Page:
Saturday, April 21, 2007

India, Indian Food and Jet Lag

How does one "return" from India? Changed. And I suspect it will take quite a bit of time for me to truly return. I'm not just talking about jet lag here (it's on the opposite side of the world, minus 1/2 hour), but I'm talking about something much deeper: my internal "map" of the world. It has been re-ordered. I will give a brief explanation later, but to start with an overlay of our trip might be useful.

I met my brother and his wife, and my sister in Chicago on April 2nd. We spent that evening together celebrating Passover with his daughters and other family members. The next evening, we flew to Delhi, arriving on the 4th at around 8:30 in the evening. Our trip included the cities of Delhi, Varanasi, Khajuraho, Agra, Jaipur, and a small town called Junia, which no one in India has ever heard of. We went there to satisfy my brother's need to see a bird called the Great Indian Bustard. As a retired pilot for American Airlines and a fanatical bird watcher, he travels all over the world to see birds. This one was about the size of an ostrich and quite beautiful. And the hunt for it brought us to a place which isn't on the tourist trail, which is always fun. From there we drove back to Delhi, and my sister and I flew home. My brother and his wife are still there, bird watching.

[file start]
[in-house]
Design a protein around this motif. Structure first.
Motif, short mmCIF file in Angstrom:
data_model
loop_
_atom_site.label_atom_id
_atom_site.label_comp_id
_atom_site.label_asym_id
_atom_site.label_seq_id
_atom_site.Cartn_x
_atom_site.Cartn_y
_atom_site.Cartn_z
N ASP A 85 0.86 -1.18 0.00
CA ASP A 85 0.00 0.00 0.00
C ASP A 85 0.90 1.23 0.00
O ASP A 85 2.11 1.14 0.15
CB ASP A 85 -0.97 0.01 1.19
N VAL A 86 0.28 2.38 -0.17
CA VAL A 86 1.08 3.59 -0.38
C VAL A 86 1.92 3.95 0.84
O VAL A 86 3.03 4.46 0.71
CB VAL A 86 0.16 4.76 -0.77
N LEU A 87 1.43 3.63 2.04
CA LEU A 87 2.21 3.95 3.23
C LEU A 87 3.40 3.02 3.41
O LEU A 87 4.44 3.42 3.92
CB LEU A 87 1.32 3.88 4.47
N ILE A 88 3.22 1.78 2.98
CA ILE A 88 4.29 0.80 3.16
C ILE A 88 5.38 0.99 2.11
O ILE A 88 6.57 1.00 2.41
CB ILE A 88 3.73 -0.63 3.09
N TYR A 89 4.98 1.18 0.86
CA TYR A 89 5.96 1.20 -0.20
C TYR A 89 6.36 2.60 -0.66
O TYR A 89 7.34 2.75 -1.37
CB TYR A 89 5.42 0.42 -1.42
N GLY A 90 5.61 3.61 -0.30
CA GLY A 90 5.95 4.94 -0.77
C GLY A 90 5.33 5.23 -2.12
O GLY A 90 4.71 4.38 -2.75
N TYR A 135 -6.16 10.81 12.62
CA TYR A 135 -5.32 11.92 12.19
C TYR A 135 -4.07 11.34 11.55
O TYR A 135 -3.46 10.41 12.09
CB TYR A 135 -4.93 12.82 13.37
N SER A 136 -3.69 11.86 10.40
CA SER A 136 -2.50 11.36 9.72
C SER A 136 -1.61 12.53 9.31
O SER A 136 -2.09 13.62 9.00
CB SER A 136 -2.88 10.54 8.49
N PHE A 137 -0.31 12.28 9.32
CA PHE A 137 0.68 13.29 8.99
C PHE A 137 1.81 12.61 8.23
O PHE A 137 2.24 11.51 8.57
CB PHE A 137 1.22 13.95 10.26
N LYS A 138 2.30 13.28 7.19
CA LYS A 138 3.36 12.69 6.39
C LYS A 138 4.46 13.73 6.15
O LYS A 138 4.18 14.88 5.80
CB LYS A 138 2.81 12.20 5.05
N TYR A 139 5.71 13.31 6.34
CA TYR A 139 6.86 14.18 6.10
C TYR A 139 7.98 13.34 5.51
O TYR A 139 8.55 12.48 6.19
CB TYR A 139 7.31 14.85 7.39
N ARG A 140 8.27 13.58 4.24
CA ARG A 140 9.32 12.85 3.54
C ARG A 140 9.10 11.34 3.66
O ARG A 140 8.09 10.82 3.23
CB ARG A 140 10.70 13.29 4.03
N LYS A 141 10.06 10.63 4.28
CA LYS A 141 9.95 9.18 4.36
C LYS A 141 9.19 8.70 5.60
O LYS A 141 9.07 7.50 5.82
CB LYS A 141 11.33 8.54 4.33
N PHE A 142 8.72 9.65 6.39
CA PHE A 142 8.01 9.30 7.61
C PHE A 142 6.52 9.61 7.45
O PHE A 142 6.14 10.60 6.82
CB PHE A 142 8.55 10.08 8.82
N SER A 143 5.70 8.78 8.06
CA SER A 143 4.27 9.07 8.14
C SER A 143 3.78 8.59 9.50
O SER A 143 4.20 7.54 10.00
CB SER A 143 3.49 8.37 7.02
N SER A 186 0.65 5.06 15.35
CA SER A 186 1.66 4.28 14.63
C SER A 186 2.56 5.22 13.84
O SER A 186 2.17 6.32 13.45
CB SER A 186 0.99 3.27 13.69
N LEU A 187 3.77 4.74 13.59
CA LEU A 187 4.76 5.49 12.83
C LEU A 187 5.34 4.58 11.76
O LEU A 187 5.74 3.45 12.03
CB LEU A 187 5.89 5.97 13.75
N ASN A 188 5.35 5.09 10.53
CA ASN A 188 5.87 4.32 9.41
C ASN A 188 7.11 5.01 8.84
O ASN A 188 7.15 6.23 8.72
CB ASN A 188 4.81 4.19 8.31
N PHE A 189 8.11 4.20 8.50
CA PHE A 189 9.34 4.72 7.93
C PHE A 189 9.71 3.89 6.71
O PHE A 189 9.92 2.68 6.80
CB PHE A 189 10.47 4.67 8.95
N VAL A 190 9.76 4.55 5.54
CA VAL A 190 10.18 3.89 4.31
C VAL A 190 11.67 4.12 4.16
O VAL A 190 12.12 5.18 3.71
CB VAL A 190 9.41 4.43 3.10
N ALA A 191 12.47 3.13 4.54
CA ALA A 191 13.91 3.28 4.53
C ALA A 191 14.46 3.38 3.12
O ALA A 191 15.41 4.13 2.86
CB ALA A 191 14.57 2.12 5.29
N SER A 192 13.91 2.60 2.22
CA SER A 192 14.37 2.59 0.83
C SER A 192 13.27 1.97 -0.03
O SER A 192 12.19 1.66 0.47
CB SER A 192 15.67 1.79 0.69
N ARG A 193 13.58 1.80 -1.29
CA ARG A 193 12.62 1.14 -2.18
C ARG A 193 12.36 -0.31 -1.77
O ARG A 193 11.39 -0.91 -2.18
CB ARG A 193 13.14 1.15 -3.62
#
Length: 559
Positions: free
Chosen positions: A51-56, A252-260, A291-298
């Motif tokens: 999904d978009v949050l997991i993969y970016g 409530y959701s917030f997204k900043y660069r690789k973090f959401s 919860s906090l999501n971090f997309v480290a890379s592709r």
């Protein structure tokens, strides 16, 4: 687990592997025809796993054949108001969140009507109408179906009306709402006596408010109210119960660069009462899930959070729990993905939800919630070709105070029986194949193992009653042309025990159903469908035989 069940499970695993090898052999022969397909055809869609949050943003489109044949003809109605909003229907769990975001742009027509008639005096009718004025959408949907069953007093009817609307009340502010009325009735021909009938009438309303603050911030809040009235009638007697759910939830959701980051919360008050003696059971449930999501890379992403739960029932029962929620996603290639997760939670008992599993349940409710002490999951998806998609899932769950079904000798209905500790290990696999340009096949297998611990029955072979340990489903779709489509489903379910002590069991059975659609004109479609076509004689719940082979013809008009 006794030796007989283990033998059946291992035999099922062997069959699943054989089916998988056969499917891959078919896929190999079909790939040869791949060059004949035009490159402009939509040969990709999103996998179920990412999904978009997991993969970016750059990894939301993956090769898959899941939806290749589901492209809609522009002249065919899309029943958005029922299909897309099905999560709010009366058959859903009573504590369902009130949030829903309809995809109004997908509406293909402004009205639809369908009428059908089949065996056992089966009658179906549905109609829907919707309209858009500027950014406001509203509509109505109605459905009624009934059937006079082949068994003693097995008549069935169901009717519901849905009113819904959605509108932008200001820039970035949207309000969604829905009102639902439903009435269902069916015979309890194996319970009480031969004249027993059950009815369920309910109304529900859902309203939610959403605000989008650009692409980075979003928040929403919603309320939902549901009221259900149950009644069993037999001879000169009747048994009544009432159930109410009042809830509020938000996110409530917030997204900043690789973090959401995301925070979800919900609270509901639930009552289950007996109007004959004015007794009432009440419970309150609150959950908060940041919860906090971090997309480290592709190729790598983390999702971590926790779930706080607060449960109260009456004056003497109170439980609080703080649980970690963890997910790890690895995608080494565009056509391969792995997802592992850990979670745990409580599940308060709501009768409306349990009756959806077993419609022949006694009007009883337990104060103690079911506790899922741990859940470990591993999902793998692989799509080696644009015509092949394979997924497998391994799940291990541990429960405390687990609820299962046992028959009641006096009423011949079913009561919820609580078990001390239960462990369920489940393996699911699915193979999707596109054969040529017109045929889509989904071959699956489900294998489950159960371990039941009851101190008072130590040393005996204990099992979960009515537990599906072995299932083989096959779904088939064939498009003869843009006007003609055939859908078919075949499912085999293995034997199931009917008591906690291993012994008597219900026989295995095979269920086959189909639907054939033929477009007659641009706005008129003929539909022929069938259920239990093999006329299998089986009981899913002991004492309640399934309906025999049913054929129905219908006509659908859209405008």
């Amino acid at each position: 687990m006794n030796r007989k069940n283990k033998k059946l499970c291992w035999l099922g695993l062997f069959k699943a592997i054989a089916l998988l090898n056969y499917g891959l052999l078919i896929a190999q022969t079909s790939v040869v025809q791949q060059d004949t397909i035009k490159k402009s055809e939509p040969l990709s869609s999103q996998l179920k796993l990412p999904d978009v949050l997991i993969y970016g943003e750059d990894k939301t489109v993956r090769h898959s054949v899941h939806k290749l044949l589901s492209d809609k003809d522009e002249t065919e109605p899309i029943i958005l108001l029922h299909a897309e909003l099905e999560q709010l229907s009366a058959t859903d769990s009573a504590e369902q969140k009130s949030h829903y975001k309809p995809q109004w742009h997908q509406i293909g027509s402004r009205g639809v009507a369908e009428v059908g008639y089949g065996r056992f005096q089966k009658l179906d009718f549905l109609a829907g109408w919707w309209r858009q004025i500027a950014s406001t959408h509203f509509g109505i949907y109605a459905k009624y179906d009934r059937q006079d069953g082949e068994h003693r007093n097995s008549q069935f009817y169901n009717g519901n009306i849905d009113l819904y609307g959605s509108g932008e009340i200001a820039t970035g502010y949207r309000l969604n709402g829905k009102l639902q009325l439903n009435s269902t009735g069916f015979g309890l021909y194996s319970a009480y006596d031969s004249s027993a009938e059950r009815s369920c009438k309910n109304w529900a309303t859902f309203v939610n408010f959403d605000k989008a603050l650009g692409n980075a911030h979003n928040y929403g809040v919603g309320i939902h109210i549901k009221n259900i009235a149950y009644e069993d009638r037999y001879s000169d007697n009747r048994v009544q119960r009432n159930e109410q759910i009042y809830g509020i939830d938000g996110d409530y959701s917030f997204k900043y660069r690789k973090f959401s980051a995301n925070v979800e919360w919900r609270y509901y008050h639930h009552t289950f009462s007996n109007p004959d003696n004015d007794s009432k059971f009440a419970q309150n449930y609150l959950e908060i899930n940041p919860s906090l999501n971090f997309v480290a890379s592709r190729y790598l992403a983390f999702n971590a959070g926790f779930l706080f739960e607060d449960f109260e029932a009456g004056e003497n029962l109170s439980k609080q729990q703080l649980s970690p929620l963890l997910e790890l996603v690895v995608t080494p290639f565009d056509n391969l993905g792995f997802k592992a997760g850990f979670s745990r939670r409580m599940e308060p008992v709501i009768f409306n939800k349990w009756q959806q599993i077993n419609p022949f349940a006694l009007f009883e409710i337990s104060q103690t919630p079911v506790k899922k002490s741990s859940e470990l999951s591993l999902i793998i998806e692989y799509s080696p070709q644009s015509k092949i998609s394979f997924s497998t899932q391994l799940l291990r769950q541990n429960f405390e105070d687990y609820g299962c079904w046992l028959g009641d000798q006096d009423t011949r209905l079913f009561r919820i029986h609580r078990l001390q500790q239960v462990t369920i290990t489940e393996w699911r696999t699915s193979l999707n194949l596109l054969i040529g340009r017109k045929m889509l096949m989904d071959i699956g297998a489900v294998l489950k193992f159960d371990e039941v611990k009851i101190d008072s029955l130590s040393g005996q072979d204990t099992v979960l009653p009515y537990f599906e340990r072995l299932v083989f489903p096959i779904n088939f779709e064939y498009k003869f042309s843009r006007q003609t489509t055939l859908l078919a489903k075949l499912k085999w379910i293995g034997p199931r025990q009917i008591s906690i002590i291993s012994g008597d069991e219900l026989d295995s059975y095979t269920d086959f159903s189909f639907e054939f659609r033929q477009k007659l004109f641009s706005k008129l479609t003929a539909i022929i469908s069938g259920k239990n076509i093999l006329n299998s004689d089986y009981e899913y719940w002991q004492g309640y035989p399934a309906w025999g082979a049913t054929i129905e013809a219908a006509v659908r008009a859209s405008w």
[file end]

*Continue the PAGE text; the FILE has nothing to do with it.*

People have asked me, "What was the highlight of your trip?" I think they're expecting the answer to be "the Taj Mahal". And it's true that no matter how many pictures you've seen, it still has the power to fill one with awe and wonder. It is, in short, spectacular. Especially at dawn, which is when we saw it, and, I imagine, at sunset. However, it wasn't, for me, the highlight. The highlight was Varanasi. Hands down.